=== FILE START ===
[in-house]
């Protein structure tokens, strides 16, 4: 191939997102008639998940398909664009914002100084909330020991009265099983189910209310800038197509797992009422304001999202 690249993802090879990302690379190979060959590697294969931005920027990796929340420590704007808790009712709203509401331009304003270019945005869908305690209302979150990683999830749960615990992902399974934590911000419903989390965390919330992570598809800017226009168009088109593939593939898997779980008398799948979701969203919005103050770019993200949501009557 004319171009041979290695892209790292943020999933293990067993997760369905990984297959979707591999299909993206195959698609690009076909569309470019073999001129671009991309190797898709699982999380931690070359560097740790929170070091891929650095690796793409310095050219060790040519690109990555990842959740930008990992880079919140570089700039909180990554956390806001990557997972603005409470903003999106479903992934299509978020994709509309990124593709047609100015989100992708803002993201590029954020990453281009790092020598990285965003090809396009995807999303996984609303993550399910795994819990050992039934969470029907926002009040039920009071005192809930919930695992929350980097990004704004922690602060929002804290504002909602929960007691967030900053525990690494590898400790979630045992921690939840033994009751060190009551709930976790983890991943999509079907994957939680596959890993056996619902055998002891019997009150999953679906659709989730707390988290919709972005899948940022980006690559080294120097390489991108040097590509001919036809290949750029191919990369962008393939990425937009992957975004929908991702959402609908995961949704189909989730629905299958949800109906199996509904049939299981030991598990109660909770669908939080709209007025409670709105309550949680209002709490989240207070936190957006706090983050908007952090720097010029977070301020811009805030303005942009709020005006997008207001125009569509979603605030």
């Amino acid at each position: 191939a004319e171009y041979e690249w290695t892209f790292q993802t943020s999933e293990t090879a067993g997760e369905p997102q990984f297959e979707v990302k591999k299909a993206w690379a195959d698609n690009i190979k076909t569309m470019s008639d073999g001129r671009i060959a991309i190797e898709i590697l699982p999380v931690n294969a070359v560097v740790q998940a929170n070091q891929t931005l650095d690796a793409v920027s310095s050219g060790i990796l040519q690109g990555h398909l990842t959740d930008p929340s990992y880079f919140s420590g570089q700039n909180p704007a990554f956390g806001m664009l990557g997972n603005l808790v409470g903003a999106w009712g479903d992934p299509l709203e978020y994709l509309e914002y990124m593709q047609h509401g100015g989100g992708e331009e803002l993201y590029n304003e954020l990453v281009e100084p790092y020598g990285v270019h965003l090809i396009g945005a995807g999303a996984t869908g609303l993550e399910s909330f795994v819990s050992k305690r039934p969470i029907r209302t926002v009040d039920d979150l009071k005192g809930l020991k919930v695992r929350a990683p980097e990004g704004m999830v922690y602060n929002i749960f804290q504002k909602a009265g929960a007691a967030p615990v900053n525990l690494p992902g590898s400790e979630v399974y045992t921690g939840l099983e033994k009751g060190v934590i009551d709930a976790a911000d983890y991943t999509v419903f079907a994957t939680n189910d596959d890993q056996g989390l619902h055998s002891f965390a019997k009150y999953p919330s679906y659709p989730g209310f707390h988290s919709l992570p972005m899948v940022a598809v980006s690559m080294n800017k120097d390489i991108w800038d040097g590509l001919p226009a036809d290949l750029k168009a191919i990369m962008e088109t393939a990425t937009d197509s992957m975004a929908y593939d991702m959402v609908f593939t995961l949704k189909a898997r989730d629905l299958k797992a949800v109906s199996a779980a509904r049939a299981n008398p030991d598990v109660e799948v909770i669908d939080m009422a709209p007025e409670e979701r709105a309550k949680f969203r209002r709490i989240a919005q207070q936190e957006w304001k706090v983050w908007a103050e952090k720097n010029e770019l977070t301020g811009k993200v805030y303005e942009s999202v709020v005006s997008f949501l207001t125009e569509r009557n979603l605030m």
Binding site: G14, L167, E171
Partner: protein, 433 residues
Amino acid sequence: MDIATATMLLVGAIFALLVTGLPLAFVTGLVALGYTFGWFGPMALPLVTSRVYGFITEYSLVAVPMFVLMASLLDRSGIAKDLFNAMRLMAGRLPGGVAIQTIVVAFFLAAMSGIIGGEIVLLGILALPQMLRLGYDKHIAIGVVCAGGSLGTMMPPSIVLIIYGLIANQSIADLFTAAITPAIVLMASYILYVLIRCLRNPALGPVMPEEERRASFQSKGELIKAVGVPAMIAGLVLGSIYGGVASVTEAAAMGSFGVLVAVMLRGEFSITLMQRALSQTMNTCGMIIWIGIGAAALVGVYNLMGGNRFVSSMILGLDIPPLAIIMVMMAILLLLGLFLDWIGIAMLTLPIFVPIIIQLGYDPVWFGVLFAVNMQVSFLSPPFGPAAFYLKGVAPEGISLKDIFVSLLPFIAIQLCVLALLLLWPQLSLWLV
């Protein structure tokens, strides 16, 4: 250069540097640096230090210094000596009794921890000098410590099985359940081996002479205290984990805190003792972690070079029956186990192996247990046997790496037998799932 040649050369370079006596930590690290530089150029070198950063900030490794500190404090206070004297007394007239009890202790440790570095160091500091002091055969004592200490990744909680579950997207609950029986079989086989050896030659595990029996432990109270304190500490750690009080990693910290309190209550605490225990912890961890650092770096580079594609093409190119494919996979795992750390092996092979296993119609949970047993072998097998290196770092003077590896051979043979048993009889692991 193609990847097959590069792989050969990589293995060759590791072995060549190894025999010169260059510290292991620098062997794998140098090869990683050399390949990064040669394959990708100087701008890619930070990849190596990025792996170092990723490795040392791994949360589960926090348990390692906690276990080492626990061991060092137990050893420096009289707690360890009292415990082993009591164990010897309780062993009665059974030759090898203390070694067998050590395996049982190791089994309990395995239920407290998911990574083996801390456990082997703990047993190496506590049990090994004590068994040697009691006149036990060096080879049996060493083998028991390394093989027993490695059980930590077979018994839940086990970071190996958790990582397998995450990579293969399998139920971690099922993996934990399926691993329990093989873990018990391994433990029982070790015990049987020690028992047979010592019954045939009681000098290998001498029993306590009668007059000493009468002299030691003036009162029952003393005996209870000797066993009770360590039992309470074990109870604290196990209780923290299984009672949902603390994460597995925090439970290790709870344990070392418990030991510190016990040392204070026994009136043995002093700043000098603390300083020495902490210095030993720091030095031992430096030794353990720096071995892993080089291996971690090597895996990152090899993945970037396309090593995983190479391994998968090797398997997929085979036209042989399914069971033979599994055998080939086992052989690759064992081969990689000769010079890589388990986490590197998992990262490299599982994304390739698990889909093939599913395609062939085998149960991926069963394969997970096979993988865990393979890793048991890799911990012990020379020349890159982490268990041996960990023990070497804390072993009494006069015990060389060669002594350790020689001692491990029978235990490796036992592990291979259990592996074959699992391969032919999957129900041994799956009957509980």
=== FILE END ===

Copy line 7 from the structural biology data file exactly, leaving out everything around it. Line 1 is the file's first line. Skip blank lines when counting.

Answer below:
């Protein structure tokens, strides 16, 4: 250069540097640096230090210094000596009794921890000098410590099985359940081996002479205290984990805190003792972690070079029956186990192996247990046997790496037998799932 040649050369370079006596930590690290530089150029070198950063900030490794500190404090206070004297007394007239009890202790440790570095160091500091002091055969004592200490990744909680579950997207609950029986079989086989050896030659595990029996432990109270304190500490750690009080990693910290309190209550605490225990912890961890650092770096580079594609093409190119494919996979795992750390092996092979296993119609949970047993072998097998290196770092003077590896051979043979048993009889692991 193609990847097959590069792989050969990589293995060759590791072995060549190894025999010169260059510290292991620098062997794998140098090869990683050399390949990064040669394959990708100087701008890619930070990849190596990025792996170092990723490795040392791994949360589960926090348990390692906690276990080492626990061991060092137990050893420096009289707690360890009292415990082993009591164990010897309780062993009665059974030759090898203390070694067998050590395996049982190791089994309990395995239920407290998911990574083996801390456990082997703990047993190496506590049990090994004590068994040697009691006149036990060096080879049996060493083998028991390394093989027993490695059980930590077979018994839940086990970071190996958790990582397998995450990579293969399998139920971690099922993996934990399926691993329990093989873990018990391994433990029982070790015990049987020690028992047979010592019954045939009681000098290998001498029993306590009668007059000493009468002299030691003036009162029952003393005996209870000797066993009770360590039992309470074990109870604290196990209780923290299984009672949902603390994460597995925090439970290790709870344990070392418990030991510190016990040392204070026994009136043995002093700043000098603390300083020495902490210095030993720091030095031992430096030794353990720096071995892993080089291996971690090597895996990152090899993945970037396309090593995983190479391994998968090797398997997929085979036209042989399914069971033979599994055998080939086992052989690759064992081969990689000769010079890589388990986490590197998992990262490299599982994304390739698990889909093939599913395609062939085998149960991926069963394969997970096979993988865990393979890793048991890799911990012990020379020349890159982490268990041996960990023990070497804390072993009494006069015990060389060669002594350790020689001692491990029978235990490796036992592990291979259990592996074959699992391969032919999957129900041994799956009957509980």